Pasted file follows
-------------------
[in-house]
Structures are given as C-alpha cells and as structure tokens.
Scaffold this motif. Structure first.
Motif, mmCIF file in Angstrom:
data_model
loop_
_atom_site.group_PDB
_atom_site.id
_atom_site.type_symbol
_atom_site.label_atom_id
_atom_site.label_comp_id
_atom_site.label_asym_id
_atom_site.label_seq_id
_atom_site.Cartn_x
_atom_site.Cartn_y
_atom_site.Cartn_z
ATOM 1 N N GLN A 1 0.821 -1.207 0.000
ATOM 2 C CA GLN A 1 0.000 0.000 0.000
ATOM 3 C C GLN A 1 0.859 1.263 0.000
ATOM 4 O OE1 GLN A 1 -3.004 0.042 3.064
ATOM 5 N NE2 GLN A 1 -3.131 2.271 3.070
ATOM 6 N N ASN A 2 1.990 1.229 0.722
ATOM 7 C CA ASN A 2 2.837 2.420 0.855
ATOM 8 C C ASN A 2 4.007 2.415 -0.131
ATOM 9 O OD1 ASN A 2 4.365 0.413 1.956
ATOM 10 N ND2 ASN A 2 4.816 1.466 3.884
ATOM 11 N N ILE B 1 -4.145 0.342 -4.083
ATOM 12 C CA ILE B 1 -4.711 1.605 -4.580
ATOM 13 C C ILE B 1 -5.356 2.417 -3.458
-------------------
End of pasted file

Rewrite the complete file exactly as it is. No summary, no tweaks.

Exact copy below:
[in-house]
Structures are given as C-alpha cells and as structure tokens.
Scaffold this motif. Structure first.
Motif, mmCIF file in Angstrom:
data_model
loop_
_atom_site.group_PDB
_atom_site.id
_atom_site.type_symbol
_atom_site.label_atom_id
_atom_site.label_comp_id
_atom_site.label_asym_id
_atom_site.label_seq_id
_atom_site.Cartn_x
_atom_site.Cartn_y
_atom_site.Cartn_z
ATOM 1 N N GLN A 1 0.821 -1.207 0.000
ATOM 2 C CA GLN A 1 0.000 0.000 0.000
ATOM 3 C C GLN A 1 0.859 1.263 0.000
ATOM 4 O OE1 GLN A 1 -3.004 0.042 3.064
ATOM 5 N NE2 GLN A 1 -3.131 2.271 3.070
ATOM 6 N N ASN A 2 1.990 1.229 0.722
ATOM 7 C CA ASN A 2 2.837 2.420 0.855
ATOM 8 C C ASN A 2 4.007 2.415 -0.131
ATOM 9 O OD1 ASN A 2 4.365 0.413 1.956
ATOM 10 N ND2 ASN A 2 4.816 1.466 3.884
ATOM 11 N N ILE B 1 -4.145 0.342 -4.083
ATOM 12 C CA ILE B 1 -4.711 1.605 -4.580
ATOM 13 C C ILE B 1 -5.356 2.417 -3.458